Officials were working last night on drafting a Health Order which would allow Australian Prime Minister Scott Morrison into the country on Sunday for a summit with Prime Minister Jacinda Ardern.
Otherwise, under a notice issued yesterday by the Director-General of Health, Dr Ashley Bloomfield, Morrison would have to self-isolate until he got a negative covid test.
So the summit will take place under the shadow of Covid but in the background will be an omnipresent issue — China.
Since the two leaders last met face to face in February last year the world’s strategic environment has changed.
One of New Zealand’s best United States foreign policy friends in the Biden administration, Kurt Campbell, yesterday said the era of engagement with China had come to an end; from now on the predominant paradigm would be competition.
But before Scott Morrison can talk to Jacinda Ardern about this, he first needs to get into New Zealand.
The Health Order being drafted is expected to allow a person (like Morrison) arriving from Australia who has a pre-departure negative test to be able to proceed straight through immigration as normal.
It is not clear whether Bloomfield knew that the way he drafted the notice meant that Morrison’s meeting with Ardern would be at best delayed, at worst cancelled.
Given that the Prime Minister’s office appears to be leading the drafting of the Order, it would seem not. The effort being put into enabling Morrison to come in is evidence of how much importance New Zealand is putting on this meeting.
But though officials may have found a work-around for Morrison, the Highlanders rugby team has not been so lucky.
Their Super Rugby game against the Melbourne Rebels was to have been played in Queenstown on Sunday afternoon in front of Morrison and Ardern.
Instead, the game will now be played in Sydney, which means that Morrison will probably arrive now late on Sunday afternoon rather than earlier in the day.
Ironically the meeting between the two Prime Ministers was being seen as an opportunity to show the world that Australia and New Zealand had Covid under such control that a normal face-to-face Prime Ministerial summit could take place.
And equally ironically, expanding the trans-Tasman travel bubble to third countries will be on the agenda.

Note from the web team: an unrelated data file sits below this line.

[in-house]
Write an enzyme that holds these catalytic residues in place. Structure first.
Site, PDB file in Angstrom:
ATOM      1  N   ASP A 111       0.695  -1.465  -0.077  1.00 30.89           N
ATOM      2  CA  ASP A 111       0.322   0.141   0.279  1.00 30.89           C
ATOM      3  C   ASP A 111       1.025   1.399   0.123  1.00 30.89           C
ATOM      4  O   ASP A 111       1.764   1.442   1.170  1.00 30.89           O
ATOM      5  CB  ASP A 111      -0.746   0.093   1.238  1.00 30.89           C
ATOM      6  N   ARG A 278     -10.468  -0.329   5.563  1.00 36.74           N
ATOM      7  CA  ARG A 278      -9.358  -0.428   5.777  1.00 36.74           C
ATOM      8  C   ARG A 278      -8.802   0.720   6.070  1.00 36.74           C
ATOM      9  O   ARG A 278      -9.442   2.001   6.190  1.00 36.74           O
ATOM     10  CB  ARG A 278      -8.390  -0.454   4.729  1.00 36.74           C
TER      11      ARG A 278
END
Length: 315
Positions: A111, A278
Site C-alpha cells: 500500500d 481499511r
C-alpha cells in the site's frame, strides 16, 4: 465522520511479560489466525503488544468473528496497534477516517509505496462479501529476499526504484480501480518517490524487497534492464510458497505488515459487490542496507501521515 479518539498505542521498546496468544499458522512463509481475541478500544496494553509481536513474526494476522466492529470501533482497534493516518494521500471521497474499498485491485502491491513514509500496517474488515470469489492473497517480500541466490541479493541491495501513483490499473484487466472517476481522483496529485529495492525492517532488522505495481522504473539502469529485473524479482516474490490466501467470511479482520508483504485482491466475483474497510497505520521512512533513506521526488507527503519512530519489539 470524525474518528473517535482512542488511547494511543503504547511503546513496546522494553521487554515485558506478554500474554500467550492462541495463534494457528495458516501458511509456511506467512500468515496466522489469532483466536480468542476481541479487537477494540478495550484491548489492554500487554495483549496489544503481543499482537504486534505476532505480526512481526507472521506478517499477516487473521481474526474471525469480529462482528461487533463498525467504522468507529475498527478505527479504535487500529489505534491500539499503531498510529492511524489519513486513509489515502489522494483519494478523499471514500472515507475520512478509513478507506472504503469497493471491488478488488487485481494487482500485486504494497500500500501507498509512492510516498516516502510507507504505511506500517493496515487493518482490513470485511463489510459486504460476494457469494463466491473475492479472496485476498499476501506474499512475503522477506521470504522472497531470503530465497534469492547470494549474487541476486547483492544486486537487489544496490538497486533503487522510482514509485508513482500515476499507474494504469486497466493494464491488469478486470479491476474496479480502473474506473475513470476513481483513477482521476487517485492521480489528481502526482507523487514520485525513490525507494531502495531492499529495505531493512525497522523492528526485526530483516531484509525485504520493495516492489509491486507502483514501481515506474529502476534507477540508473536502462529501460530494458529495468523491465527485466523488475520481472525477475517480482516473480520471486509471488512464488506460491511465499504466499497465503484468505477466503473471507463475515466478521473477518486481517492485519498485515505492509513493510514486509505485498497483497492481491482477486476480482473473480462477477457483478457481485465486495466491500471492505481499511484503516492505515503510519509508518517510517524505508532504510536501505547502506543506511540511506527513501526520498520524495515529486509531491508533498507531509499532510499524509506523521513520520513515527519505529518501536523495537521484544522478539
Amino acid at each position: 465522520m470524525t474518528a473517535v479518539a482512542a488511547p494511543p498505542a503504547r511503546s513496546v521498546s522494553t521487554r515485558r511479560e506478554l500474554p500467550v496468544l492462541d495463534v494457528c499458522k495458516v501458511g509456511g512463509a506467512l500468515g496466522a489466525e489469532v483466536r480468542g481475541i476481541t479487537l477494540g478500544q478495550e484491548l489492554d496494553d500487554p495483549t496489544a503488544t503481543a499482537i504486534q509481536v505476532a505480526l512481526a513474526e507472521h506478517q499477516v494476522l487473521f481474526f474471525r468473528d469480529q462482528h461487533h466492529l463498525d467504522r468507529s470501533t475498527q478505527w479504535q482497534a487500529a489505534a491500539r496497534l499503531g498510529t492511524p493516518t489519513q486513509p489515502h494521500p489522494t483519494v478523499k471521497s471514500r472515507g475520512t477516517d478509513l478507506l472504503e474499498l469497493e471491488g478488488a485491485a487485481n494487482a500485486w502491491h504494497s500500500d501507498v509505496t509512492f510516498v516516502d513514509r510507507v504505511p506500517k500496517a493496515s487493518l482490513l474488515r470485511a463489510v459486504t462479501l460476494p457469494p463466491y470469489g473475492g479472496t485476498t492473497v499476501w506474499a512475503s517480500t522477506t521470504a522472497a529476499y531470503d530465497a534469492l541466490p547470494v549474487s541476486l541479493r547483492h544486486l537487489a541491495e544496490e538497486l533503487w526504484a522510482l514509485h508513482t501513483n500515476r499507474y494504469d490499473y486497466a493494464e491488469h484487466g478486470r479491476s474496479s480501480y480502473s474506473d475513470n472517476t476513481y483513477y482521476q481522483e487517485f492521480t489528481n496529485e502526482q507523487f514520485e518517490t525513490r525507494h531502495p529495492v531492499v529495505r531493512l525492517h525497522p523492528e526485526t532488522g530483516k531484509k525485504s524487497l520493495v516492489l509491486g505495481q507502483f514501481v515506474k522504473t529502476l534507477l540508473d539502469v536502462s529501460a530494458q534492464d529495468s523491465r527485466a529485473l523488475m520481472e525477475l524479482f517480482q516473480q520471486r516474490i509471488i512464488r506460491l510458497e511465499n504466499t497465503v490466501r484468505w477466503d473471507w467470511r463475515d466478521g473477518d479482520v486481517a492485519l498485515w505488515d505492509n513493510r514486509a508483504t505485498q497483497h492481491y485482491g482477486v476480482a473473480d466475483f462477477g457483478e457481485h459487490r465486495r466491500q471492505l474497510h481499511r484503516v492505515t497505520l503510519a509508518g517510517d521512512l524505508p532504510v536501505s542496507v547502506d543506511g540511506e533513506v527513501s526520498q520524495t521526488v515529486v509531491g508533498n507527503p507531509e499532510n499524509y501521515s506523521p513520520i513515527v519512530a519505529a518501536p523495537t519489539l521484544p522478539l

The pair are expected to discuss this and the role that international vaccination certificates might play in any bubble extension.
QANTAS, Air New Zealand and Singapore Airlines have all trialled the International Air Transport Association TravelPass App, which can contain details of a traveller’s vaccination and testing status.
Singapore is a likely candidate for an expansion of the trans-Tasman bubble.
But though Covid will form a topical background to the talks, the pair may actually find they don’t have all that much to talk about on other things.
That is because they keep in constant touch anyway. (Texting is apparently a favoured medium).
And New Zealand officials, including the Chief Executive of the Department of Prime Minister and Cabinet, Brook Barrington and the Secretary of Foreign Affairs Chris Seed, were in Canberra last week preparing the agenda and holding preliminary talks with their counterparts there.
In essence, the summit is “pre-baked.”
Even so not everything has gone quite as might have been expected.
New Zealand had been hoping for a lot of Australian TV shots showing off Queenstown as the country’s premier tourist location.
But the only outdoor event planned now the rugby has been cancelled will be laying a wreath in Arrowtown at a war memorial.
There is nothing to compare with the Lake Wakatipu cruise on the Earnslaw, which Jim Bolger took Paul Keating on in 1993.
Perhaps, though, the leaders after they laid the wreath, the leaders might have visited the Arrowtown Chinese Settlement and seen the restored huts that the Chinese gold diggers lived in during the gold rushes of the 129th century.
Over 400O of them came to Arrowtown, where they got a cold welcome.
“There is about as much distinction between a European and a Chinaman as that between a Chinaman and a monkey,” Premier Richard Seddon said.